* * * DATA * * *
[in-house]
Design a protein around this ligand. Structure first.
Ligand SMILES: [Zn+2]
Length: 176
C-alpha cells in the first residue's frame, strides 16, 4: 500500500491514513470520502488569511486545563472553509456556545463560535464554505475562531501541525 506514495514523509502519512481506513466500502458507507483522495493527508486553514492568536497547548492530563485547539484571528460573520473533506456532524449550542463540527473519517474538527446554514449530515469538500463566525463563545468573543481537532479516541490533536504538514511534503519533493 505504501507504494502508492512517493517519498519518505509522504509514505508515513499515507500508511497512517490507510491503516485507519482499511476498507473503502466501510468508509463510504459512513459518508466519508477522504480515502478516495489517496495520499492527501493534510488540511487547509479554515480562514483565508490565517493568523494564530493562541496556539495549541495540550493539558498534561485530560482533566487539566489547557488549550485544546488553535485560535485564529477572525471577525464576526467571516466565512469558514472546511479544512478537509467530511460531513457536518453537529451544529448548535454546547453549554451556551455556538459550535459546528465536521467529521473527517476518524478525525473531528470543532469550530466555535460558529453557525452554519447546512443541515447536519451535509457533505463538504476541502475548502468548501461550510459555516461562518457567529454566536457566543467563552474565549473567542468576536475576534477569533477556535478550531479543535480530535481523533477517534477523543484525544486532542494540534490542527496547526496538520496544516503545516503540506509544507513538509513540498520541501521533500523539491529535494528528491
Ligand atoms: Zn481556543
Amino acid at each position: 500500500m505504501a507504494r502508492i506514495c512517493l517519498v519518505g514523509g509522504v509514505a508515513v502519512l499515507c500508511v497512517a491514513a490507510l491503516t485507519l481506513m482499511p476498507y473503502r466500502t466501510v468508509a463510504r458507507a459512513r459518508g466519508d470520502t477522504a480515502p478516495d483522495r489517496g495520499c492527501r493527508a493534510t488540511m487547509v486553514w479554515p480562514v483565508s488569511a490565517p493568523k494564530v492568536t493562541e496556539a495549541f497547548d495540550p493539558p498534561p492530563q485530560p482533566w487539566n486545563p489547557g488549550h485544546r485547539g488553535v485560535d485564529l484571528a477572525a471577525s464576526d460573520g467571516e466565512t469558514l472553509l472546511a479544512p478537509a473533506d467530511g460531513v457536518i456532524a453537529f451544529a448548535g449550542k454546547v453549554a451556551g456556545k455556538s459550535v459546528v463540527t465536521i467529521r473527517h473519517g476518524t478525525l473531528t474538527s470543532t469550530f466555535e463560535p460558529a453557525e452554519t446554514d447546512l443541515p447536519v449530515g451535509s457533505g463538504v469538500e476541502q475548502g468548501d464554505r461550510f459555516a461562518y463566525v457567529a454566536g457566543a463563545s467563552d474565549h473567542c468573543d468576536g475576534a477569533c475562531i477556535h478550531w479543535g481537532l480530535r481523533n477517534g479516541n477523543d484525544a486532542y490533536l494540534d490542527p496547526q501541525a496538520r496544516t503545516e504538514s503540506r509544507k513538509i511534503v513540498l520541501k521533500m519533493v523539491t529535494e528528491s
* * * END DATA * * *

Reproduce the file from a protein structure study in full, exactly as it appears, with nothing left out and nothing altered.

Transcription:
[in-house]
Design a protein around this ligand. Structure first.
Ligand SMILES: [Zn+2]
Length: 176
C-alpha cells in the first residue's frame, strides 16, 4: 500500500491514513470520502488569511486545563472553509456556545463560535464554505475562531501541525 506514495514523509502519512481506513466500502458507507483522495493527508486553514492568536497547548492530563485547539484571528460573520473533506456532524449550542463540527473519517474538527446554514449530515469538500463566525463563545468573543481537532479516541490533536504538514511534503519533493 505504501507504494502508492512517493517519498519518505509522504509514505508515513499515507500508511497512517490507510491503516485507519482499511476498507473503502466501510468508509463510504459512513459518508466519508477522504480515502478516495489517496495520499492527501493534510488540511487547509479554515480562514483565508490565517493568523494564530493562541496556539495549541495540550493539558498534561485530560482533566487539566489547557488549550485544546488553535485560535485564529477572525471577525464576526467571516466565512469558514472546511479544512478537509467530511460531513457536518453537529451544529448548535454546547453549554451556551455556538459550535459546528465536521467529521473527517476518524478525525473531528470543532469550530466555535460558529453557525452554519447546512443541515447536519451535509457533505463538504476541502475548502468548501461550510459555516461562518457567529454566536457566543467563552474565549473567542468576536475576534477569533477556535478550531479543535480530535481523533477517534477523543484525544486532542494540534490542527496547526496538520496544516503545516503540506509544507513538509513540498520541501521533500523539491529535494528528491
Ligand atoms: Zn481556543
Amino acid at each position: 500500500m505504501a507504494r502508492i506514495c512517493l517519498v519518505g514523509g509522504v509514505a508515513v502519512l499515507c500508511v497512517a491514513a490507510l491503516t485507519l481506513m482499511p476498507y473503502r466500502t466501510v468508509a463510504r458507507a459512513r459518508g466519508d470520502t477522504a480515502p478516495d483522495r489517496g495520499c492527501r493527508a493534510t488540511m487547509v486553514w479554515p480562514v483565508s488569511a490565517p493568523k494564530v492568536t493562541e496556539a495549541f497547548d495540550p493539558p498534561p492530563q485530560p482533566w487539566n486545563p489547557g488549550h485544546r485547539g488553535v485560535d485564529l484571528a477572525a471577525s464576526d460573520g467571516e466565512t469558514l472553509l472546511a479544512p478537509a473533506d467530511g460531513v457536518i456532524a453537529f451544529a448548535g449550542k454546547v453549554a451556551g456556545k455556538s459550535v459546528v463540527t465536521i467529521r473527517h473519517g476518524t478525525l473531528t474538527s470543532t469550530f466555535e463560535p460558529a453557525e452554519t446554514d447546512l443541515p447536519v449530515g451535509s457533505g463538504v469538500e476541502q475548502g468548501d464554505r461550510f459555516a461562518y463566525v457567529a454566536g457566543a463563545s467563552d474565549h473567542c468573543d468576536g475576534a477569533c475562531i477556535h478550531w479543535g481537532l480530535r481523533n477517534g479516541n477523543d484525544a486532542y490533536l494540534d490542527p496547526q501541525a496538520r496544516t503545516e504538514s503540506r509544507k513538509i511534503v513540498l520541501k521533500m519533493v523539491t529535494e528528491s